The Spirit Lives On
I was born in Calgary in 1940. My father was a former rodeo competitor as a bronc rider, a chuckwagon outrider and a hazer for bull dogger Eddie Bowlen. He was the grandson of a Scot who came to Canada in 1880 and settled on the Ghost River northwest of Cochrane. A love of the Stampede was instilled in me from the time I was born and in my 71 years of life I have only missed one Stampede, that being in 1964 when I was in hospital having my daughter who, by the way, has been a member of the Downtown Attractions Committee for over 25 years thus carrying on our family's tradition of involvement.
I remember as a child always going to the Parade plus taking in the sights at Stampede Park every year. My mother and my aunts always packed a lunch for my cousins and I and we trooped down to Stampede Park with it riding in our Red Flyer wagons, having a picnic on the banks of the Elbow at meal time. We were enthralled with the carnies' invitations to come see the bearded lady and the hoochy koochy girls but my father would quickly steer us away from them muttering that those shows weren't for children.
When I was 12 I was hired by the Stampede to usher in the Grandstand and performed those duties for several years. In the early 1960s I took vacation from my regular job for several summers to work in the rodeo office answering the phone, typing daily results for the press and the line-ups for the next day. We had to be accurate as we used carbon paper and no errors were allowed. Dick Cosgrave was the arena director and kept a good supply of beer in his office fridge. In those days, the bucking stock only had numbers so the night before each rodeo we had to give the animals drawn for next day's events a name before we typed up the programme list. Some animals worked under several different names during each year's rodeo. I remember how handsome Casey Tibbs was.....we all swooned over him.
One of the highlights of my week of work was being given one afternoon off each Stampede to go sit in the announcer Warren Cooper's booth and watch the rodeo. The night of payout to the cowboys all of us young women who were working in the rodeo office were sent home early as it was "not a place for young ladies to be".
In 1983, I submitted an application to be a volunteer. I was thrilled to be selected as a chaperone for the Stampede Queen and Princesses and performed that duty for 10 years. Initially, even though we put in countless hours each year, chaperones were not considered to be volunteers thus we did not get an annual pin. It was only through the intervention of my cousin Eleanor Baillie who was a director that we finally received volunteer status. My volunteer pin was sent to me by courier several days before that year's Stampede started. Because Margaret Fraser chaperoned the girls during Stampede, I didn't have any duties during the 10 days so in order to feel a real part of what was happening so I joined the Caravan Committee doing breakfasts not only during Stampede but throughout the year in Calgary and many other cities. The roads trips were great fun and we spread the spirit of the Stampede far and wide.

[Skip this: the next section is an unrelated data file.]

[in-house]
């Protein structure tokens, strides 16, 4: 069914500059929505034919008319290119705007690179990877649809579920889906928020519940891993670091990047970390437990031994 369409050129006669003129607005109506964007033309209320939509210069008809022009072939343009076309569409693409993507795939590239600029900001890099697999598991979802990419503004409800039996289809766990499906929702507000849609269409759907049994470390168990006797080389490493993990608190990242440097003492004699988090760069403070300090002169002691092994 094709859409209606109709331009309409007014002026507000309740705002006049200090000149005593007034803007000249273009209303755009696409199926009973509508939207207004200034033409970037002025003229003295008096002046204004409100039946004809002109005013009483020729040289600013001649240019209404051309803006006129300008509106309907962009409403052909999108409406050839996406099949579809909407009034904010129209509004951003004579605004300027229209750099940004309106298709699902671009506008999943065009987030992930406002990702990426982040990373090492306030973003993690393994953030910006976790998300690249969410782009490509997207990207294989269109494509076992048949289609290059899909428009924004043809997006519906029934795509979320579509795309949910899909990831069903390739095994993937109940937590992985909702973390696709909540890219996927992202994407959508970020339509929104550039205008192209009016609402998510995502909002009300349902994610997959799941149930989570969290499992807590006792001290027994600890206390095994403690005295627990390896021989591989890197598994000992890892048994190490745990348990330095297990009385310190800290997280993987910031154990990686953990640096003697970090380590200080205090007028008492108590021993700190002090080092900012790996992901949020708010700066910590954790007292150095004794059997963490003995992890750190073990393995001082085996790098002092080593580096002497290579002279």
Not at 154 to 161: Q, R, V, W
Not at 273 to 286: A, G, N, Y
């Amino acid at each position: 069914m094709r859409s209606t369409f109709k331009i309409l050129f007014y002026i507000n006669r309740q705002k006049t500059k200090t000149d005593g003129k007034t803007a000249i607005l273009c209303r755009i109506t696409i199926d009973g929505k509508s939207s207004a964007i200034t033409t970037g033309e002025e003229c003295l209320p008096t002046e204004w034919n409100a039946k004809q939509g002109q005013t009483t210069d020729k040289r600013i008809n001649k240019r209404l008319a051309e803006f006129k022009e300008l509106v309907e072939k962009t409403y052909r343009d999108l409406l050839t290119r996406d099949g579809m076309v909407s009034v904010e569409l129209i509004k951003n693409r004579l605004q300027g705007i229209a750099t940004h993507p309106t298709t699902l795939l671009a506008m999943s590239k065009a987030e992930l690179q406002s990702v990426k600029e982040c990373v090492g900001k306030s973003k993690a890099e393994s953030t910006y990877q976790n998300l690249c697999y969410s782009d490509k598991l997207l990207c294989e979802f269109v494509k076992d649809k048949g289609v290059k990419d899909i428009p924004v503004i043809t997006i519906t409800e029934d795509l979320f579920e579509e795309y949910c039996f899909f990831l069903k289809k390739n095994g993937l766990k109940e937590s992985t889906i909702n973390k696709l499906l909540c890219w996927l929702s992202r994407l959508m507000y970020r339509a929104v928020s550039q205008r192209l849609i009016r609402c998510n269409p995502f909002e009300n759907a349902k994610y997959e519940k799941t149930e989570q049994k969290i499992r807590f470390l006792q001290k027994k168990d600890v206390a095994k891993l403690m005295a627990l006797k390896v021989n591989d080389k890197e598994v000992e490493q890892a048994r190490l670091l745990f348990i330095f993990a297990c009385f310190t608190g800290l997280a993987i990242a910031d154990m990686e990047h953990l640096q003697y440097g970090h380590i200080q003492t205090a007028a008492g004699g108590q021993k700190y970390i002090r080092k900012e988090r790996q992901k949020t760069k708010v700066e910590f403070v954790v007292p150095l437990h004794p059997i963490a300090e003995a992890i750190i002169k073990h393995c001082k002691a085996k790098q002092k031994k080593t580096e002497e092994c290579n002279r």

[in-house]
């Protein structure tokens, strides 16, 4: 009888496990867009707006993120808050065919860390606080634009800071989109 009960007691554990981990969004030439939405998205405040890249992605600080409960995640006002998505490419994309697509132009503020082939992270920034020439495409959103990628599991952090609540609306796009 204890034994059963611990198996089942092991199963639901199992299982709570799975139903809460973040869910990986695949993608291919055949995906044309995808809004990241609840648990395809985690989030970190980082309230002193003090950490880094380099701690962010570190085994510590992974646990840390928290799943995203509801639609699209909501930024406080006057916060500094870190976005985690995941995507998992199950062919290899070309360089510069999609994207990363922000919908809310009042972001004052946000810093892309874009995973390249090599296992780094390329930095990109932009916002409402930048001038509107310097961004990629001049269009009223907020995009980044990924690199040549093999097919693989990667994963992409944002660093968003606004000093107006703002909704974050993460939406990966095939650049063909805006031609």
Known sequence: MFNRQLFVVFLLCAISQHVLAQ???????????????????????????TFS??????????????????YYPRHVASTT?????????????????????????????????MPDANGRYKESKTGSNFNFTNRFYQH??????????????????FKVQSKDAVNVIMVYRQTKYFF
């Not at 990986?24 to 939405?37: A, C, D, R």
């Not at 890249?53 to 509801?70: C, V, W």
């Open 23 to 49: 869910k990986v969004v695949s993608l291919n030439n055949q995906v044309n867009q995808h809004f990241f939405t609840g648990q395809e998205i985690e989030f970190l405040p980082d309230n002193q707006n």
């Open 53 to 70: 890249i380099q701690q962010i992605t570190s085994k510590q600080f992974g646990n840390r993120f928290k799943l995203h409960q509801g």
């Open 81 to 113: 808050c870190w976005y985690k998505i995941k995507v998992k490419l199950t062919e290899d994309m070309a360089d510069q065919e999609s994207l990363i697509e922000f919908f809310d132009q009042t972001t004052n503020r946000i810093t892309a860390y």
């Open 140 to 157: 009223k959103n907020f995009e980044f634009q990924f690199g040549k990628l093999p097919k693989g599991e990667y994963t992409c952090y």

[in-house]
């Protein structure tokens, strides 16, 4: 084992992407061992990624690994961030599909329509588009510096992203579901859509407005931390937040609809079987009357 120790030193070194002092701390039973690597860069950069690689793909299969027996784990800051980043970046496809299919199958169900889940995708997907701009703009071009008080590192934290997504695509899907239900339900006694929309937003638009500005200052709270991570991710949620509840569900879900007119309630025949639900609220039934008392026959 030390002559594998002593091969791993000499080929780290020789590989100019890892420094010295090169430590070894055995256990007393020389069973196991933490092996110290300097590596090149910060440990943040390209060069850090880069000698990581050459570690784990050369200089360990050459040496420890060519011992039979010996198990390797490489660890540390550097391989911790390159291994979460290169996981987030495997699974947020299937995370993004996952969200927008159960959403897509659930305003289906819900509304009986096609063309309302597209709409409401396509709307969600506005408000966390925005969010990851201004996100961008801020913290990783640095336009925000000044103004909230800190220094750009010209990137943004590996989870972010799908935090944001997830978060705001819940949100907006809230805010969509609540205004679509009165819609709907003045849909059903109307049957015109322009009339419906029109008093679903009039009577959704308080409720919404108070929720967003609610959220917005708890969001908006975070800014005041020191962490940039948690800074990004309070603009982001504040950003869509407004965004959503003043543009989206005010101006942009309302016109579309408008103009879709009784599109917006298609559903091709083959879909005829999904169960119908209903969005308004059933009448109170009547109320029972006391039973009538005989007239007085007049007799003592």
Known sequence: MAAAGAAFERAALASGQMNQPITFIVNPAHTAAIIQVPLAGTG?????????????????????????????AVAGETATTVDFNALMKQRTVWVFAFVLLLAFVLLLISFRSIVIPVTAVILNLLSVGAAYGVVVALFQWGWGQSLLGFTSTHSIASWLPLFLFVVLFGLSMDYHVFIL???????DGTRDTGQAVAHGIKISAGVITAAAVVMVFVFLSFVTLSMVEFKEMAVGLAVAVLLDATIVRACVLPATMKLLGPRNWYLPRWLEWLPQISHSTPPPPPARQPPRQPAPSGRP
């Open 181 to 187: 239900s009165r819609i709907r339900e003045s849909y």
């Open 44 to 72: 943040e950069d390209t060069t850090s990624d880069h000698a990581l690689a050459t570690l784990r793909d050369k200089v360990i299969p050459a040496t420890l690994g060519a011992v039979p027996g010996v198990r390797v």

I also had the honour of riding in the Parade in a buggy with my parents the year my father was the "Pioneer Son" in the Southern Alberta Pioneers and Their Descendants section of the Parade......He was in his late 80's and his name was on the side of the buggy so people yelled out "Hi Doug" to him. He thought they all knew him. It was quite funny.
As I grew older the heavy lifting and tough schedule of Caravan started to weigh on me so I joined the Western Art Auction Committee plus during Stampede hosted visiting Rodeo Queens from the United States for the Queens Alumni Committee. Little did I know how involved I would become in the acquisition of art for the western art auction when I took on the chore of sorting through all the applications and organizing the jury sessions that selected the final pieces. For the months of January, February and March I couldn't see my dining room table because of applications and slides.
During this period, I also accompanied Margaret Fraser, the presiding royal trio and their chaperone to Las Vegas each year for National Finals Rodeo. I was the designated driver in Vegas and soon became very familiar with all the back roads so that we could get to our next function on time. Again, we spread the Stampede word and spirit not to mention that when we attended Cowboy Christmas I was always on the lookout for new artists for the Western Art Show taking names and making sure they were placed our mailing list.
Eventually I decided to retire and became an alumnus but I still spread the word about how great the show is, go to the Parade and take newcomers to Calgary under my wing to ensure that they learn just how great the Stampede is and how much fun they can have. As a result Caravan now has a new member who immigrated from Ireland a few years ago and is absolutely smitten with the Stampede. Since I have no grandchildren, I have outfitted his children in Wranglers, western belts and hats and I'm sure they will eventually become valuable volunteers. The spirit lives on!!!!!